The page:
Following criticism from the UK’s competition regulator for failing to follow through on a previous agreement to crack down on the practice, Facebook has suspended over 16,000 accounts that share fake reviews.
In January 2020, Facebook agreed to “better recognize, investigate, and delete accounts and other pages where false and misleading reviews were being exchanged, and prevent them from reappearing,” according to the Competition and Markets Authority.
The CMA discovered that the trend of frauds committed to buying fake positive reviews on e-commerce platforms to raise sales – or targeting rivals with fake negative reviews – was regularly organized on Facebook and Instagram.
Although Facebook decided to act, the CMA was forced to take action again after a follow-up investigation “found evidence that the illicit trade in fake reviews was still taking place,” according to the CMA.
The CMA’s chief executive, Andrea Coscelli, said, “Facebook has a responsibility to do whatever it can to avoid the trading of such material on its platforms.“ “The organization made drastic improvements after we interfered again, but it’s frustrating that it took them over a year to address these issues.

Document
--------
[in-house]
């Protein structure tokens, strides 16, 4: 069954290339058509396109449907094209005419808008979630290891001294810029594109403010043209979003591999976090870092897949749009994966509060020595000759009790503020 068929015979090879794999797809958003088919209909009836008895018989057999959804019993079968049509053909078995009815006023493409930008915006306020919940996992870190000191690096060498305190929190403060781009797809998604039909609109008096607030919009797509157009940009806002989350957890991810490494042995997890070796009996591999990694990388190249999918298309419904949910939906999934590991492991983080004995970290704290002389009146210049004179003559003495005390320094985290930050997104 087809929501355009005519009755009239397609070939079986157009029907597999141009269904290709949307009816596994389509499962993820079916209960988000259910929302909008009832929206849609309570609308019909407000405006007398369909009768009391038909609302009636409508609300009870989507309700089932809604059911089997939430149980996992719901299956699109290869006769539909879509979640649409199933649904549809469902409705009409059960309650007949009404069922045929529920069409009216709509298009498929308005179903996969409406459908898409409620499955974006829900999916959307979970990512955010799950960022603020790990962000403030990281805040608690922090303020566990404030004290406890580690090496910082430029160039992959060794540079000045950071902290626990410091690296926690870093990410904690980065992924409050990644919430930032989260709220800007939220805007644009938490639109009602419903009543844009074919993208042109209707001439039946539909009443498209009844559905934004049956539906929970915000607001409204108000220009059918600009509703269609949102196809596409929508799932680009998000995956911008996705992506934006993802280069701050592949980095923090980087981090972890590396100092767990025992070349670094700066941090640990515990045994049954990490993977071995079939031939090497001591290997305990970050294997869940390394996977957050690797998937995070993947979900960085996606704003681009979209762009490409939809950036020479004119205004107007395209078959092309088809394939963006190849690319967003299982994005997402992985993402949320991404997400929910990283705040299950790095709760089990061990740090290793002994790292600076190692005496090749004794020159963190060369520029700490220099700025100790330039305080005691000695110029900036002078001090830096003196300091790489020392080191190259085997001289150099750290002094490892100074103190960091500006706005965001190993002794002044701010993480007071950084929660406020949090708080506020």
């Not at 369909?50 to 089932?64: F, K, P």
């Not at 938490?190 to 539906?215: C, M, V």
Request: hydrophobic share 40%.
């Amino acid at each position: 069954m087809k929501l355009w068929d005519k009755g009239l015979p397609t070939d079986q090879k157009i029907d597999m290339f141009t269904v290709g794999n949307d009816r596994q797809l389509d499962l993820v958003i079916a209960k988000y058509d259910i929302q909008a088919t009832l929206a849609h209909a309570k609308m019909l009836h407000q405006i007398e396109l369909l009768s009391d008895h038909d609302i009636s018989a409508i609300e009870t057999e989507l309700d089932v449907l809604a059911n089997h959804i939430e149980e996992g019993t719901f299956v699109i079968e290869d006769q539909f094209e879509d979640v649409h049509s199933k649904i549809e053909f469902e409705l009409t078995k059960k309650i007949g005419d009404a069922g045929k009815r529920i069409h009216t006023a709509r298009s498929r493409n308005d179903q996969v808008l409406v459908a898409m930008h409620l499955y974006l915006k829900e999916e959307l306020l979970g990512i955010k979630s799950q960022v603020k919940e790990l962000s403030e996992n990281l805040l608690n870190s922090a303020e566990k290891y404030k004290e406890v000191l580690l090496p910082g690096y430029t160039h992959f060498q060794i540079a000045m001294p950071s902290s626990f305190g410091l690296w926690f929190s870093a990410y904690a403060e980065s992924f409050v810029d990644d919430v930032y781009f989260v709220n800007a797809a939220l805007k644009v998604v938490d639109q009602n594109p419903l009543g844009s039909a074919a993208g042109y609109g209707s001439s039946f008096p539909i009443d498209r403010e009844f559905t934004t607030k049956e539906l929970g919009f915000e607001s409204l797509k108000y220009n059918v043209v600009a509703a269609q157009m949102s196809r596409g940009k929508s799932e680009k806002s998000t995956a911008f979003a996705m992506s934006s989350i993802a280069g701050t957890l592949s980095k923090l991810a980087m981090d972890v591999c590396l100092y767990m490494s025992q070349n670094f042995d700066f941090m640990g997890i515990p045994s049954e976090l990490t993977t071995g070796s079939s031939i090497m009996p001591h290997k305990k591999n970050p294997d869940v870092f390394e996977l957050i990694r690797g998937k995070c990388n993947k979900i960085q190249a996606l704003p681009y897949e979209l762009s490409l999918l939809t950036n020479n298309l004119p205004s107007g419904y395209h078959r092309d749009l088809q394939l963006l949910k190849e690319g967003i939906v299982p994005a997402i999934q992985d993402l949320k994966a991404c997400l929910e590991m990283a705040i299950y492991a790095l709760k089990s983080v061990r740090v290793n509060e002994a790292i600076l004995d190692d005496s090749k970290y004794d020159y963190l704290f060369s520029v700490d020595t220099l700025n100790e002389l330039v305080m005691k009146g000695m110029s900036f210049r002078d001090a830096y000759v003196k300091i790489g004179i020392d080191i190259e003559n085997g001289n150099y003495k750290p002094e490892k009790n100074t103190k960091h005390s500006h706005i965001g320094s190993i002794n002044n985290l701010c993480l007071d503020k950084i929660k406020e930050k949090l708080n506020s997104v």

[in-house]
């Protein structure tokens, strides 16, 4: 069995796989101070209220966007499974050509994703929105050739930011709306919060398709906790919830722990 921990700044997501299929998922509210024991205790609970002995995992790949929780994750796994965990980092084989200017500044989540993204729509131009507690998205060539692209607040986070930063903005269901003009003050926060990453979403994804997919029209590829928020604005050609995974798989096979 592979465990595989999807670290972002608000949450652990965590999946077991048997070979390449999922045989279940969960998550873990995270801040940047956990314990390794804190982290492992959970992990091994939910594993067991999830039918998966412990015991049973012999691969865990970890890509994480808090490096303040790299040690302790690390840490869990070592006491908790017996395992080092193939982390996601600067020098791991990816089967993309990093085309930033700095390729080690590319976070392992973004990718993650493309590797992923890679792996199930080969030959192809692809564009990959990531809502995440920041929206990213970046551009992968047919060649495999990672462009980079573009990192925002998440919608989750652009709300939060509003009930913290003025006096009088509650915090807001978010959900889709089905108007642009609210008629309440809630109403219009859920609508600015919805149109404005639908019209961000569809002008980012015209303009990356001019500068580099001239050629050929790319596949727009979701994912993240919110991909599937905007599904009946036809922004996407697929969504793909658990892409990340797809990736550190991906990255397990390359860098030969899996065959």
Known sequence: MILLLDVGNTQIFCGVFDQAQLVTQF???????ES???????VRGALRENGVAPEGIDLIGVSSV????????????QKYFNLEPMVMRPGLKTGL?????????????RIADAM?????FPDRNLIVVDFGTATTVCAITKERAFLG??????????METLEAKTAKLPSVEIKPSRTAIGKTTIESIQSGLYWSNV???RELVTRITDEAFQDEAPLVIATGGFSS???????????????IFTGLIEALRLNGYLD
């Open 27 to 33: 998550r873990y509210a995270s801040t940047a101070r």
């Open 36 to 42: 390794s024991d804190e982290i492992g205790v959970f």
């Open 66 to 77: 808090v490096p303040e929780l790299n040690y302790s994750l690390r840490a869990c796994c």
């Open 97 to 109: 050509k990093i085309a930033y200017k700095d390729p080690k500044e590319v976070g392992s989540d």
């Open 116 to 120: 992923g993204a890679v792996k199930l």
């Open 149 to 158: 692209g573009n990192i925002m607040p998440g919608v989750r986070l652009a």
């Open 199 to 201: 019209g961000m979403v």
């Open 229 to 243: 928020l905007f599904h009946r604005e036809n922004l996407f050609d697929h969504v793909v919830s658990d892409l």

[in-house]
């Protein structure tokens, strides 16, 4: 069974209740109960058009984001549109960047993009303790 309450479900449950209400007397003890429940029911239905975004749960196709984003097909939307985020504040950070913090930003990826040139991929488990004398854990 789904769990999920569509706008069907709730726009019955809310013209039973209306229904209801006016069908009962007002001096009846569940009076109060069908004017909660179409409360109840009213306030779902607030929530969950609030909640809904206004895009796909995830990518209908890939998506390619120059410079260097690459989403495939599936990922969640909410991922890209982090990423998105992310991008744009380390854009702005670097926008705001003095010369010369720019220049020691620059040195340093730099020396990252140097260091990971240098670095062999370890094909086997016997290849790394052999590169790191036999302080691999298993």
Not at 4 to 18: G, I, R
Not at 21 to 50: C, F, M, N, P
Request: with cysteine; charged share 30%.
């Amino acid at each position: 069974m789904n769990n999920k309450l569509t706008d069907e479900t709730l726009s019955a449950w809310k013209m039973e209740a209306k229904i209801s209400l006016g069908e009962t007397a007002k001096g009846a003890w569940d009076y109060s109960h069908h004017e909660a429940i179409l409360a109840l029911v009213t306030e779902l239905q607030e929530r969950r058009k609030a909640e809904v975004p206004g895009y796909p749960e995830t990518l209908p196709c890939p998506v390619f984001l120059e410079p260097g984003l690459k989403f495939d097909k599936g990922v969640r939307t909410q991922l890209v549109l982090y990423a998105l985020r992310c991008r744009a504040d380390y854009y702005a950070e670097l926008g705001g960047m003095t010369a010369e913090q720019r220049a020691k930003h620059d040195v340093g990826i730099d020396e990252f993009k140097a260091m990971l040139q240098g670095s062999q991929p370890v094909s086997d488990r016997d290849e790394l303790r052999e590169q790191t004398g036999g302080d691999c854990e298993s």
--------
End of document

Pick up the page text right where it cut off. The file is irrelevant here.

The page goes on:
“We’ll keep a close eye on Facebook, and Instagram operations. We will not hesitate to take more action if we discover it is not honoring its commitments.”
Facebook said it would remove or block users who “frequently” build fake review groups, as well as implement new technology that would automatically flag those groups and make it more difficult for people to find and enter them from the first place.
“We have engaged extensively with the CMA to resolve this issue,” a Facebook spokesperson said. On our websites, fraudulent and misleading conduct is prohibited, including the offering or trading of false reviews. Our safety and security staff are working around the clock to help avoid these types of incidents.”
Fake reviews have been a serious issue on the internet. In October 2018, Which? published the results of a study. Facebook “factories” were discovered to be the source of the ratings, which were almost exclusively posted on Amazon. The e-commerce platform would emphasize feedback from “real” buyers, who would then be compensated for their trouble by the Facebook scammers. Tens of thousands of unverified positive reviews backed up the costly “genuine” reviews.
Another investigation looked at Amazon products and discovered that while 71% of headphones had perfect five-star scores, the text of the reviews often referred to irrelevant products like soap dispensers. There were 439 reviews for one pair of Celebrate headphones. Both of them were five-star, unproven, and arrived on the same day.